Animals (Diseases and Importation) Act, 1948. (Amended 1969). Government of Jamaica. Available electronically through Ministry of Justice, GoJ: http://www.moj.gov.jm/laws/animals-diseases-and-importation-act

    Animals Diseases (Importation) Control Regulations, 1948. (Amended 1989). Government of Jamaica.

    Barrette, R.W., S.A., Metwally, J.M. Rowland, L. Xu, S.R. Zaki, S.T. Nichol, P.E. rollin, J.S. Towner, W.J. Shieh, B. Batten, et al. 2009. Discovery of swine as a host for the Reston ebolavirus. Science: 325(5937): 204-206. doi: 10.1126/science.1172705.

    Carroll S.A., J.S. Towner, T.K. Sealy, L.K. McMullan, M.L. Khristova, F.J. Burt, R. Swanepoel, P.E. Rollin, and S.T. Nichol. 2013. Molecular evolution of viruses of the family Filoviridae based on 97 whole-genome sequences. Journal of Virology. 87:2608–2616. doi: 10.1128/JVI.03118-12.

    Larsen, P.A., S.R. Hoofer, M.C. Bozeman, S.C. Pederson, and H.H. Genoways. 2007. Phylogenetics and phylogeography of the Artibeus jamaicensis complex based on Cytochrome-b DNA sequences. Mammology Papers: University of Nebraska State Museum. Paper 53. http://digitalcommons.unl.edu/museummammalogy/53

    Leroy, E.M., P. Rouquet, P. Formenty, S. Souquiere, A. Kilbourne, J-M. Froment et al. 2004. Multiple Ebola virus transmission events and rapid decline of Central African wildlife. Science 303: 387-390.

    Leroy, E.M., B. Kumulungui, X. Pourrut, P. Rouquet, A. Hassanin, P. Yaba, A. Delicat, J.T. Paweska, J-P. Gonzalez. and R. Swanepoel. 2005. Fruit bats as reservoirs of Ebola virus. Nature 438:575-576. doi:10.1038/438575a

    Maganga, G.D., J. Kapetshi, N. Berthet, B.K. Ilunga, F. Kabange, P. M. Kingebeni, V. Mondonge, et al. 2014. Ebola virus disease in the Democratic Republic of Congo. New England Journal of Medicine 2014; 141021130018004 doi: 10.1056/NEJMoa1411099.

    Negredo A, G. Palacios G, S. Vázquez­Morón, F. González F, H. Dopazo, et al. 2011. Discovery of an Ebolavirus­Like Filovirus in Europe. PLoS Pathogens 7(10): e1002304.
    Published online Oct 20, 2011. doi:10.1371/journal.ppat.1002304

    Olival, K.J. and D.T.S. Hayman. 2014. Filoviruses in Bats: Current Knowledge and Future Directions. Viruses. Apr 2014; 6(4): 1759–1788.
    Published online Apr 17, 2014. doi: http://dx.doi.org/10.3390/v6041759

    Ortega, J. and I. Castro-Arellano. 2001. Artibeus jamaicensis. Mammal Species No. 662. Published by American Society of Mammalogists.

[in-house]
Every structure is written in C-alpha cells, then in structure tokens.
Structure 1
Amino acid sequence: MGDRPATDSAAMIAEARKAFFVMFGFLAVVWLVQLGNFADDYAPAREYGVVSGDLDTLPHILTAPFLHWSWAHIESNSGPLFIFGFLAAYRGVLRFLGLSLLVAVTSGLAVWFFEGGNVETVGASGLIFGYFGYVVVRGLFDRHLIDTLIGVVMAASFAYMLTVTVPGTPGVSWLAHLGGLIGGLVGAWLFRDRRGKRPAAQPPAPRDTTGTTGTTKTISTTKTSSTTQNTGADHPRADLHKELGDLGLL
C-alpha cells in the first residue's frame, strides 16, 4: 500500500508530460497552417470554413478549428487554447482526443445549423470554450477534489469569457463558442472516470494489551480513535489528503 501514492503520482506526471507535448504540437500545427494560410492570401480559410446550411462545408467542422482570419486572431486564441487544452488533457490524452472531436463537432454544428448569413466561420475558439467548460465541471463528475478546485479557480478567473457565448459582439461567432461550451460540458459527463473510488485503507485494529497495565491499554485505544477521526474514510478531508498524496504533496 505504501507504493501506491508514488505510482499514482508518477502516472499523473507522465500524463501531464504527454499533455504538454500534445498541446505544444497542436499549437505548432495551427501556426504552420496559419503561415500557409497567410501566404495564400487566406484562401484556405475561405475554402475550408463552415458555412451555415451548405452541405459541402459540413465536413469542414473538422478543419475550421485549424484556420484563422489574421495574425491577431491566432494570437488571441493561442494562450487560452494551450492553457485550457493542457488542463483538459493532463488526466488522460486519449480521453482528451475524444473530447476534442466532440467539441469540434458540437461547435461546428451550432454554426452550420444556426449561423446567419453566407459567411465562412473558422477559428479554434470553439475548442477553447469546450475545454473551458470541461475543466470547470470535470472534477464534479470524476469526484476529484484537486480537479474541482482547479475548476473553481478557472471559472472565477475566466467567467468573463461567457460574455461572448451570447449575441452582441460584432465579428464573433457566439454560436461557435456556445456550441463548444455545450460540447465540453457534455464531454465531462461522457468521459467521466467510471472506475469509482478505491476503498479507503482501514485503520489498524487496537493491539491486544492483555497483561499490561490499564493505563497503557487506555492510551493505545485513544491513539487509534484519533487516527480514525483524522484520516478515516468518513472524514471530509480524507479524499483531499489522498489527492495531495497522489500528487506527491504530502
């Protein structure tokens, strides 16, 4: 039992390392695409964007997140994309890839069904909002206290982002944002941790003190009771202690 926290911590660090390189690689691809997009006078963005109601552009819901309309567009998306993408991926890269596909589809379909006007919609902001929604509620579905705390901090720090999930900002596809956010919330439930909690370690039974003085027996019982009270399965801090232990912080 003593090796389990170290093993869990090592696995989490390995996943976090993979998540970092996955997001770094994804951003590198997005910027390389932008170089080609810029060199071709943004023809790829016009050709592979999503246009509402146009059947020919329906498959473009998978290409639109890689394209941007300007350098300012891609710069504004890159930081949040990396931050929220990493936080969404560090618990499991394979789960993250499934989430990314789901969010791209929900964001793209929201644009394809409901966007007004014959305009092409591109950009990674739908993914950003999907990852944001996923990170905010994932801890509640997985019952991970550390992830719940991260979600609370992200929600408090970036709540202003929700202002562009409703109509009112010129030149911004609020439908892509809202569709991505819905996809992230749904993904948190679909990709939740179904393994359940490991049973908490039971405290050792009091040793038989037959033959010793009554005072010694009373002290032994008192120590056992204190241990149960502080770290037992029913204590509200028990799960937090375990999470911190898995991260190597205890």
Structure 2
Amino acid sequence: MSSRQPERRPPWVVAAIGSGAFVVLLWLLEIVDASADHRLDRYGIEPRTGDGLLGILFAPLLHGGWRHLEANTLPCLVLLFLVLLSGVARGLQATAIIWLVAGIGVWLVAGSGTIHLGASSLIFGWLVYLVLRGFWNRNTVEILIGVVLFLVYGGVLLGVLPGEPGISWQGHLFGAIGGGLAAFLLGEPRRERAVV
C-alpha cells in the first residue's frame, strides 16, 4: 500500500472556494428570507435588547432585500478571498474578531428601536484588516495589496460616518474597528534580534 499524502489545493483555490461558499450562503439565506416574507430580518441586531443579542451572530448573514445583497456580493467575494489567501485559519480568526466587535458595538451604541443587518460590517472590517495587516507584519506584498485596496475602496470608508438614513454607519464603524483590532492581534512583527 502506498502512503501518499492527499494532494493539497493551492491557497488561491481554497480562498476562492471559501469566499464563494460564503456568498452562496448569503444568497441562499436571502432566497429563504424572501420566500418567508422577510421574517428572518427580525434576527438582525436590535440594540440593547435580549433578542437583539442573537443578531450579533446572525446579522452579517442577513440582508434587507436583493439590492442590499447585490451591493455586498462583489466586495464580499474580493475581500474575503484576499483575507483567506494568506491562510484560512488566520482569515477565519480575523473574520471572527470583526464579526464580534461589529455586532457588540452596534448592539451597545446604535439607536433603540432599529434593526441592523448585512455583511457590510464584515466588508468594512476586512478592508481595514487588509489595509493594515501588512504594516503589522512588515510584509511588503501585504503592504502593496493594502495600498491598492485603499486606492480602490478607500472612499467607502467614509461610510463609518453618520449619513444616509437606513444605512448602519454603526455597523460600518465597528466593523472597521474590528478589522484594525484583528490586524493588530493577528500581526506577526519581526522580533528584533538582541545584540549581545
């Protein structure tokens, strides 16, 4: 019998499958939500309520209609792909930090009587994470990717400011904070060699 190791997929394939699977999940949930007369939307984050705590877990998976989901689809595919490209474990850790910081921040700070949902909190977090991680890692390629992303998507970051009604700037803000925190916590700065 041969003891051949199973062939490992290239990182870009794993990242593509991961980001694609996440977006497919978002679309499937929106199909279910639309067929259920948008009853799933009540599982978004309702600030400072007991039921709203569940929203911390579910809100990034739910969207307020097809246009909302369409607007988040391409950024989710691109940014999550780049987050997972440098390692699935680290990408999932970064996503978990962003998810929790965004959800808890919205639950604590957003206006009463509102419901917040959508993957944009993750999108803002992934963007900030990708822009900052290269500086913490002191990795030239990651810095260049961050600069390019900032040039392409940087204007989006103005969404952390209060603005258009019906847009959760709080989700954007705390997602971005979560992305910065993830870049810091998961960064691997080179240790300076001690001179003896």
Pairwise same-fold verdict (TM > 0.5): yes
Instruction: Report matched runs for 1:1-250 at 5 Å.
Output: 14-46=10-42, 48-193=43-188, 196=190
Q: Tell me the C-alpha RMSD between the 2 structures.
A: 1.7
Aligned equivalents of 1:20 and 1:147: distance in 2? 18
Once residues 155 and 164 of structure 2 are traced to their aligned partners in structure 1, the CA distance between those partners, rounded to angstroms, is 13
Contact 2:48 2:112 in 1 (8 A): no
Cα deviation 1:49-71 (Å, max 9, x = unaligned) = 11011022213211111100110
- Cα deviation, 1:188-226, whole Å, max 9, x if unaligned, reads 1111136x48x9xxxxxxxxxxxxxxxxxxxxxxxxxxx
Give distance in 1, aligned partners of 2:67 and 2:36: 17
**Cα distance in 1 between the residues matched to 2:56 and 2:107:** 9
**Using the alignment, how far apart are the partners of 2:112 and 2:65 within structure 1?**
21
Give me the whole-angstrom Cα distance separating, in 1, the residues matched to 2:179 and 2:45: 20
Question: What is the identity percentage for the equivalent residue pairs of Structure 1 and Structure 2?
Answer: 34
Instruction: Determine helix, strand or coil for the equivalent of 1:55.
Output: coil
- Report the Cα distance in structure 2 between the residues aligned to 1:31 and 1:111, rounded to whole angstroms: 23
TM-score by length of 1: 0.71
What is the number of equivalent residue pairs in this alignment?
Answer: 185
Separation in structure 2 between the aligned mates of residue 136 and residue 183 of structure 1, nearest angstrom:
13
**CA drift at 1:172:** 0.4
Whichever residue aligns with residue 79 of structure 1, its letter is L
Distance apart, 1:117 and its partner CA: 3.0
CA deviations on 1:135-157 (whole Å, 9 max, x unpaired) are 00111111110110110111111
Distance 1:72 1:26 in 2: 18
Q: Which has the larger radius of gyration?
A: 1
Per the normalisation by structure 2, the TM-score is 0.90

Pigott, D.M., N. Golding, A. Mylne, Z. Huang, A.J. Henry, D.J. Weiss, O.J. Brady, et al. 2014. Mapping the zoonotic niche of Ebola virus disease in Africa. eLife 2014;3:e04395. doi: http://dx.doi.org/10.7554/eLife.04395

    Pourrut, X., A. Delicat, P.E. Rollin, T.G. Ksiazek, J-P. Gonzalez, and E.M. Leroy. 2007. Spatial and temporal patterns of Zaire ebolavirus antibody prevalence in the possible reservoir bat species.. Journal of Infectious Diseases 196 (Supplement 2): S176-S183. doi: 10.1086/520541.

    Pourrut X., M. Souris, J.S. Towner, P.E. Rollin, S.T. Nichol, J.P. Gonzalez, and E.M. Leroy. 2009. Large serological survey showing cocirculation of Ebola and Marburg viruses in Gabonese bat populations, and a high seroprevalence of both viruses in Rousettus aegyptiacus. BMC Infectious Diseases. 2009:9 doi: 10.1186/1471-2334-9-159.

    Shah, S. 2009. The spread of new diseases: the climate connection. On-line article, Yale University.

    Simmons, N. B. 2005. Order Chiroptera. In: Mammal species of the World: a taxonomic and geographic reference, Third Edition (D. E. Wilson and D. M Reeder, eds.). Smithsonian Institution Press.   Online database: www.vertebrates.si.edu/msw/mswcfapp/msw/index.cfm

    Taylor, D.J., K. Dittmar, M.J. Ballinger, and J.A. Bruenn. 2011. Evolutionary maintenance of filovirus-like genes in bat genomes. BMC Evolutionary Biology 11: 336
    Published online Nov 17, 2011. doi:10.1186/1471­2148­11­336

    Taniguchi, S., S. Watanabe, J.S. Masangkay, T. Omatsu, T. Ikegami. P. Alviola, N. Ueda, K. Iha, H. Fujii et al. 2011. Reston ebolavirus antibodies in bats, the Philippines. Emerging Infectious Diseases 17: 1559-1560. doi:10.3201/eid1708.101693.

    Walsh, P.D., T. Breuer, C. Sanz, D. Morgan, and D. Doran-Sheehy. 2007. Potential for Ebola transmission between gorilla and chimpanzee social groups. American Naturalist 169: 684-689.

    Weingartl, H.M., C. Embury-Hyatt, C. Nfon, A. Leung, G. Smith, and G. Kobinger. 2012. Transmission of Ebola virus from pigs to non-human primates. Scientific Reports 2: Article number: 811. doi:10.1038/srep00811

    Whitfield, J. 2003. Ape populations decimated by hunting and Ebola virus. Nature 422: 551 | doi:10.1038/422551a

    Virus Pathogen Database and Analysis Resource (ViPR) online database: Filoviridae [http://viprbrc.org/brc/home/home.spg?decorator=filo]

    Yuan, J., Y. Zhang, J. Li, Y. Zhang, L-F. Wang, and Z. Shi. 2012. Serological evidence of ebolavirus infections in bats, China. Virology Journal 9: 236.
    Published online Oct 13, 2012. doi:10.1186/1743­422X­9­236